Alma (Bibi Andersson) is a young nurse who is charged with caring for a stage actress Elisabet Vogler (Liv Ullmann) who has stopped talking. The doctors can’t explain why she has stopped talking so the head administrator suggest that Alma and Elisabet go to her coastal cottage to convalesce and see of that will help Elisabet to relax and get her voice back. While they are there Alma does all of the talking and Elisabet listens to her and starts to analyze her as if her nurse was a character study. The two start to get a closer relationship and at times it almost seems like Alma is the one who needs the emotional help. Alma starts to resent Elisabet and the two almost exchange places. They leave the cottage separately without affection.
Now that synopsis really does not do this film justice. It’s so much more a visual journey than a normal story people are used to today. The prelude to the film has a lot of snap images that set the emotional tone of the film. Right off the bat this film put you in an uneasy state. There is a small boy to sits up in what looks like a hospital bed and is looking at the blurry image of what looks like the main characters. After watching the movie that set up made me think that it starts out with the merging of these two people. They the set and costume is all very barren, as if to give no distraction for the emotional journey of Alma. Elisabet gives a wonderful performance with nothing more than her eyes and facial expressions. There was some really great film work with using a break in the film to symbolize the break in their relationship.
This is the first Ingmar Bergman movie I have seen. I am intrigued by his imagery and his ability to tell a story. His minimalist approach of giving the subject a chance to sit front and center of the story is a refreshing change to my usual film experiences. One notable scene in this film is how Alma describes how Elisabet is a cold and remorseless woman who got pregnant only because she was told that she has everything except the experience of motherhood. The first part of this scene was only focused on Elisabet face as Alma goes through the events of this story, the very next scene is the same story only seeing Alma’s face and the two faces merge one half is Alma the other is Elisabet. They are framed in complete symmetry.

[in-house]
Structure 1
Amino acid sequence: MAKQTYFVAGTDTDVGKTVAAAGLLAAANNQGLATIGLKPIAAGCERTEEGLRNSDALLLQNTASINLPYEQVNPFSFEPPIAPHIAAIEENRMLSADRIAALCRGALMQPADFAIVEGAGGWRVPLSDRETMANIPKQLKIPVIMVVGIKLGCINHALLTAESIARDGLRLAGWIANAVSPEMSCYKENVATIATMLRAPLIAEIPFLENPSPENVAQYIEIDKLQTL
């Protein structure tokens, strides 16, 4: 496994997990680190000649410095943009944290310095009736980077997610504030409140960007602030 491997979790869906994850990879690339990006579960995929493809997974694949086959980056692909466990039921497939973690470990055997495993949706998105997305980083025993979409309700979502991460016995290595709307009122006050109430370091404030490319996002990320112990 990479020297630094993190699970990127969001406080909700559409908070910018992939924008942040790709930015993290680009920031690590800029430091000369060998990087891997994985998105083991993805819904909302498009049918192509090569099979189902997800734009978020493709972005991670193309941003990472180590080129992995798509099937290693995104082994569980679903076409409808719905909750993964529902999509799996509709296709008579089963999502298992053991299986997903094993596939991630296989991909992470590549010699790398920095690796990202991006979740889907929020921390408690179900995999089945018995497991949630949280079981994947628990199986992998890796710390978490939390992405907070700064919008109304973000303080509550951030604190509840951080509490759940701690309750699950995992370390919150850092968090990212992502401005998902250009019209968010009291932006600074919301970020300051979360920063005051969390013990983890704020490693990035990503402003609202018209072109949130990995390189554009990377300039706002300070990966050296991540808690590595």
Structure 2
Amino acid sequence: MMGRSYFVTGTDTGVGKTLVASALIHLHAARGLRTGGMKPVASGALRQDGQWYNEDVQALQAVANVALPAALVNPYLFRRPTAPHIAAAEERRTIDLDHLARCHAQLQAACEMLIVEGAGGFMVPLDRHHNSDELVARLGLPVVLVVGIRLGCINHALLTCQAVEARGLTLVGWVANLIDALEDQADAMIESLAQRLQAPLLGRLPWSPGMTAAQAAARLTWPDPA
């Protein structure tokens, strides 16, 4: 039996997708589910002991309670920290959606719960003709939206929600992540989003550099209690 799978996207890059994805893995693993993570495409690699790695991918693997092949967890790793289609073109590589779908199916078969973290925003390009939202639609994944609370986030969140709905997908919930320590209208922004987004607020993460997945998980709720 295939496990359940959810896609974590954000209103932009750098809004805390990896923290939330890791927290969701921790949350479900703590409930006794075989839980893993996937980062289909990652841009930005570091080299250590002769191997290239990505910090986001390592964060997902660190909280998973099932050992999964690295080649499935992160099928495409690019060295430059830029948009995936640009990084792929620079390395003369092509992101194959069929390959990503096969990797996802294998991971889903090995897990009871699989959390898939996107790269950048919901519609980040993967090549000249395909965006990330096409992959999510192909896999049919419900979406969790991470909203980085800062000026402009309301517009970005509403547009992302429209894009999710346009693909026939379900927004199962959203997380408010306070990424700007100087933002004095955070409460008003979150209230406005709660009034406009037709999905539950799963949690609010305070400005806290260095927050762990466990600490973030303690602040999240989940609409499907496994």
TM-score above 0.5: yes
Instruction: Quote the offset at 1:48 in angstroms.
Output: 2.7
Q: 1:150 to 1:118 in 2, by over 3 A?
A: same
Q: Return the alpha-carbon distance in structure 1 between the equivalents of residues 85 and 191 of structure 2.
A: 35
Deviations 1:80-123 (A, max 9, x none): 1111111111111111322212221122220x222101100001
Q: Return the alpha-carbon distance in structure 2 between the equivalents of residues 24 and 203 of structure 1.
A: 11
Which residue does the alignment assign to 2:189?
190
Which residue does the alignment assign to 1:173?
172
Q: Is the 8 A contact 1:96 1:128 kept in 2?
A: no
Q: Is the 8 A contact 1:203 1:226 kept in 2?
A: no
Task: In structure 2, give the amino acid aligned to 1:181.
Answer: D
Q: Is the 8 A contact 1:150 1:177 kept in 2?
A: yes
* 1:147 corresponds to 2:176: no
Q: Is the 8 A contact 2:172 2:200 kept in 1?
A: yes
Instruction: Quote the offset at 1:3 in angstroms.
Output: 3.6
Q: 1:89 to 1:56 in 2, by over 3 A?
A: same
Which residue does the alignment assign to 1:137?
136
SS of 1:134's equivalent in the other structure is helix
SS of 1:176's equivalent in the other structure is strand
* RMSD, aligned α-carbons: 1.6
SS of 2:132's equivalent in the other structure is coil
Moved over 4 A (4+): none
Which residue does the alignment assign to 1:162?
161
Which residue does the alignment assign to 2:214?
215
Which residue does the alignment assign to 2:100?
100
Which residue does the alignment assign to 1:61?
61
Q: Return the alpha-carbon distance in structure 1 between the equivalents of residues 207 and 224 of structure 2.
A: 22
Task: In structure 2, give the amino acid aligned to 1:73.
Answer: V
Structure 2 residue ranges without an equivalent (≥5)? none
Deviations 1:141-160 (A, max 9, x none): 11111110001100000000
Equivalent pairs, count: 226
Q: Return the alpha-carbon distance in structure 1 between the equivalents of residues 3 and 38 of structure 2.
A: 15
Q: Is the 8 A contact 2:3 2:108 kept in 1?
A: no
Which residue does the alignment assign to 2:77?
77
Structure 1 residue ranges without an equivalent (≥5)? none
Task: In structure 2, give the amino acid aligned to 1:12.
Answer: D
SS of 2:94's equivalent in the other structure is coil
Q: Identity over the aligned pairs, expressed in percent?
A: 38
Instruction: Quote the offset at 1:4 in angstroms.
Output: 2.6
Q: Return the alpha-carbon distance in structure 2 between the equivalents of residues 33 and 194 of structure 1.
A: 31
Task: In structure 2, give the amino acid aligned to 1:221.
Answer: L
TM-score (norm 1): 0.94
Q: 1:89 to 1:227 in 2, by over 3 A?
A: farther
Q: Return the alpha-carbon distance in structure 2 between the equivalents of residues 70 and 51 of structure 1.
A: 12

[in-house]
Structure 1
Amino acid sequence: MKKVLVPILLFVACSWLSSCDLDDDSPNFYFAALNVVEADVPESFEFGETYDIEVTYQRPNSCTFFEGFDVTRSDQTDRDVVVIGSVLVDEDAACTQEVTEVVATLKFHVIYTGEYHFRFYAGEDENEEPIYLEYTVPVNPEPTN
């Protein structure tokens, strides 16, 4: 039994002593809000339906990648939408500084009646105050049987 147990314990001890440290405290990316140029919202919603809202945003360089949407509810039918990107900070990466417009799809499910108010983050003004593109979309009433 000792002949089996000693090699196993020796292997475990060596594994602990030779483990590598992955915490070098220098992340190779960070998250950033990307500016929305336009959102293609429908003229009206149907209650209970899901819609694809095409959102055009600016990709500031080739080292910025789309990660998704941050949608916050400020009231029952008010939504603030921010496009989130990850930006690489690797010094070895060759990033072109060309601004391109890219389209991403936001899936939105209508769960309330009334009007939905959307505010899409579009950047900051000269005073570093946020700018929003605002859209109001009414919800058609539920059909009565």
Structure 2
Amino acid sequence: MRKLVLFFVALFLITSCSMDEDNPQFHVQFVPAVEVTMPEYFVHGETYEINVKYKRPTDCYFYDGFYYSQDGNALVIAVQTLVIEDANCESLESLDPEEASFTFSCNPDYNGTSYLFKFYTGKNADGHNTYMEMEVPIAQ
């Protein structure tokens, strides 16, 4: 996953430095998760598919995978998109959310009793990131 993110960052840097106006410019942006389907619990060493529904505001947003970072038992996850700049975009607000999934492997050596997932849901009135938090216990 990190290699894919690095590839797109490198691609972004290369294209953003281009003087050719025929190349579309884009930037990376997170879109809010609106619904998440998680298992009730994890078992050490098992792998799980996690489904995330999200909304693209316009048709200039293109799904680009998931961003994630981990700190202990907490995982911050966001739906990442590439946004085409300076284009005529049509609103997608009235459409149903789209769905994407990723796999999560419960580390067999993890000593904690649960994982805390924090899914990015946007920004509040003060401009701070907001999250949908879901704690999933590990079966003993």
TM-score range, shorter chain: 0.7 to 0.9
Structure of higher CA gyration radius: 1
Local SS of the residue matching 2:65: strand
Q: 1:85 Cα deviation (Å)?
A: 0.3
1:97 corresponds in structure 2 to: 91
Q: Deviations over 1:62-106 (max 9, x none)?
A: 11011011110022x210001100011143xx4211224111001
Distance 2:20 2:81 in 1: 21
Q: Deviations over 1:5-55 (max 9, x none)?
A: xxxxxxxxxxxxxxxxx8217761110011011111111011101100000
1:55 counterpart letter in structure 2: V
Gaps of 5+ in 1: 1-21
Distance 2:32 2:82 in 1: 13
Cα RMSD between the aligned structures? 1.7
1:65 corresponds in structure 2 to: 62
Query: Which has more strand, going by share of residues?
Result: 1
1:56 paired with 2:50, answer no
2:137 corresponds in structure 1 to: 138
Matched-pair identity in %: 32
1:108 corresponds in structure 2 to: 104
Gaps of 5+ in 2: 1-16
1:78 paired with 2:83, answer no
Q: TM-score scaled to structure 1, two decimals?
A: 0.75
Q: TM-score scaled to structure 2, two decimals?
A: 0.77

My Take Away:
The influences of this film can be seen in other films like Mulholland Drive, Love and Death use the scene set up of having bother characters in the shot but one looking off screen right or left and the other character looking directly toward the camera with their eyes on the other character. Visually the overlap almost gives the two characters a single body. The best way to describe it is when I saw this I thought it was one half of the brain talking to the other half. Alma is the analytical side and Elisabet is the creative side.
I feel like today the story telling part of the movies that are coming out today are more focused on profit than substance. Yes it’s a business and yes they are in it to make money. BUT Ingmar Bergman was quoted as saying this about his work on this film.
“At some time or other, I said that Persona saved my life—that is no exaggeration. If I had not found the strength to make that film, I would probably have been all washed up. One significant point: for the first time I did not care in the least whether the result would be a commercial success…”
There has to be something freeing about an artist performing their art without the baggage of making money. And that is what this movie feels like to me, an opening of his soul and expression of his sprit.
What other movie do you know of that was a labor of love without regard of finical gain?